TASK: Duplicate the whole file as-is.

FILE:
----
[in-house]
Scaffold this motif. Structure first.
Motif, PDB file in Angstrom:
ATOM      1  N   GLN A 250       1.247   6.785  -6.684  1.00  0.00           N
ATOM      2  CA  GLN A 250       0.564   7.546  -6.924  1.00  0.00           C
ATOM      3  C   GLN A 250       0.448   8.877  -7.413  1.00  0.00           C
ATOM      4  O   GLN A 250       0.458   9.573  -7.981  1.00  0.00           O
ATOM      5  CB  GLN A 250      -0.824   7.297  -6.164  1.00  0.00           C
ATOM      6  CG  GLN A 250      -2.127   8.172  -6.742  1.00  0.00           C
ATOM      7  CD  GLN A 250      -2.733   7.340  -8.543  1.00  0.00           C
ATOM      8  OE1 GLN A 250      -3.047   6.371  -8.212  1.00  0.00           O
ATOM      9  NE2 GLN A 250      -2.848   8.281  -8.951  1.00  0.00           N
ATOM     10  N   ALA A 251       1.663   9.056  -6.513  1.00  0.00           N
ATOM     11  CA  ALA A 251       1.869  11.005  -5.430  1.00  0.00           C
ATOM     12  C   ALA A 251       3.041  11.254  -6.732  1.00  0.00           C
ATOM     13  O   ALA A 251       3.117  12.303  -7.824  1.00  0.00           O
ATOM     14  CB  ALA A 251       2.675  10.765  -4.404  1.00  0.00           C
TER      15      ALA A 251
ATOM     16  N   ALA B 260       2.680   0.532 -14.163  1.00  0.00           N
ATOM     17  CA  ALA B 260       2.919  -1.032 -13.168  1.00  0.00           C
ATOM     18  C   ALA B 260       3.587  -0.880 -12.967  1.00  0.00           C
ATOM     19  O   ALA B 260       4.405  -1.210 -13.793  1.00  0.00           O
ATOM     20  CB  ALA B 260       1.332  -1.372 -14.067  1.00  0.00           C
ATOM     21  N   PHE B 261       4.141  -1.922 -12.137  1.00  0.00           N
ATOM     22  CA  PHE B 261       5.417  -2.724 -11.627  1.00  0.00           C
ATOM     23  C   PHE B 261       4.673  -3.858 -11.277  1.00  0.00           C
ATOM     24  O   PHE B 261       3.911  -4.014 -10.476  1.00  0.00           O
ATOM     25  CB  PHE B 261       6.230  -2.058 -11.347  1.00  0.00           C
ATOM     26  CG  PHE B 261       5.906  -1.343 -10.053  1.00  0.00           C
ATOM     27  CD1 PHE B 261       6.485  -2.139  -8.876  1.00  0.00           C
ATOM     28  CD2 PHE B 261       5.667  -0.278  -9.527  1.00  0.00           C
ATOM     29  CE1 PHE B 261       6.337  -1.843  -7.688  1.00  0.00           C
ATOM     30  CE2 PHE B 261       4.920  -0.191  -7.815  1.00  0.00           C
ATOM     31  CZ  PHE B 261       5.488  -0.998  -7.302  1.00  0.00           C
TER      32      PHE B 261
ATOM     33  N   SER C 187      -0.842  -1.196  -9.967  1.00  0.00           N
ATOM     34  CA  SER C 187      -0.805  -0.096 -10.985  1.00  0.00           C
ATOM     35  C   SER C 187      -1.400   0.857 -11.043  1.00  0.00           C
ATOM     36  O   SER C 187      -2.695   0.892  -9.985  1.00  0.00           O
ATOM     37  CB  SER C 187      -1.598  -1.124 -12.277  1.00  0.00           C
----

[in-house]
Scaffold this motif. Structure first.
Motif, PDB file in Angstrom:
ATOM      1  N   GLN A 250       1.247   6.785  -6.684  1.00  0.00           N
ATOM      2  CA  GLN A 250       0.564   7.546  -6.924  1.00  0.00           C
ATOM      3  C   GLN A 250       0.448   8.877  -7.413  1.00  0.00           C
ATOM      4  O   GLN A 250       0.458   9.573  -7.981  1.00  0.00           O
ATOM      5  CB  GLN A 250      -0.824   7.297  -6.164  1.00  0.00           C
ATOM      6  CG  GLN A 250      -2.127   8.172  -6.742  1.00  0.00           C
ATOM      7  CD  GLN A 250      -2.733   7.340  -8.543  1.00  0.00           C
ATOM      8  OE1 GLN A 250      -3.047   6.371  -8.212  1.00  0.00           O
ATOM      9  NE2 GLN A 250      -2.848   8.281  -8.951  1.00  0.00           N
ATOM     10  N   ALA A 251       1.663   9.056  -6.513  1.00  0.00           N
ATOM     11  CA  ALA A 251       1.869  11.005  -5.430  1.00  0.00           C
ATOM     12  C   ALA A 251       3.041  11.254  -6.732  1.00  0.00           C
ATOM     13  O   ALA A 251       3.117  12.303  -7.824  1.00  0.00           O
ATOM     14  CB  ALA A 251       2.675  10.765  -4.404  1.00  0.00           C
TER      15      ALA A 251
ATOM     16  N   ALA B 260       2.680   0.532 -14.163  1.00  0.00           N
ATOM     17  CA  ALA B 260       2.919  -1.032 -13.168  1.00  0.00           C
ATOM     18  C   ALA B 260       3.587  -0.880 -12.967  1.00  0.00           C
ATOM     19  O   ALA B 260       4.405  -1.210 -13.793  1.00  0.00           O
ATOM     20  CB  ALA B 260       1.332  -1.372 -14.067  1.00  0.00           C
ATOM     21  N   PHE B 261       4.141  -1.922 -12.137  1.00  0.00           N
ATOM     22  CA  PHE B 261       5.417  -2.724 -11.627  1.00  0.00           C
ATOM     23  C   PHE B 261       4.673  -3.858 -11.277  1.00  0.00           C
ATOM     24  O   PHE B 261       3.911  -4.014 -10.476  1.00  0.00           O
ATOM     25  CB  PHE B 261       6.230  -2.058 -11.347  1.00  0.00           C
ATOM     26  CG  PHE B 261       5.906  -1.343 -10.053  1.00  0.00           C
ATOM     27  CD1 PHE B 261       6.485  -2.139  -8.876  1.00  0.00           C
ATOM     28  CD2 PHE B 261       5.667  -0.278  -9.527  1.00  0.00           C
ATOM     29  CE1 PHE B 261       6.337  -1.843  -7.688  1.00  0.00           C
ATOM     30  CE2 PHE B 261       4.920  -0.191  -7.815  1.00  0.00           C
ATOM     31  CZ  PHE B 261       5.488  -0.998  -7.302  1.00  0.00           C
TER      32      PHE B 261
ATOM     33  N   SER C 187      -0.842  -1.196  -9.967  1.00  0.00           N
ATOM     34  CA  SER C 187      -0.805  -0.096 -10.985  1.00  0.00           C
ATOM     35  C   SER C 187      -1.400   0.857 -11.043  1.00  0.00           C
ATOM     36  O   SER C 187      -2.695   0.892  -9.985  1.00  0.00           O
ATOM     37  CB  SER C 187      -1.598  -1.124 -12.277  1.00  0.00           C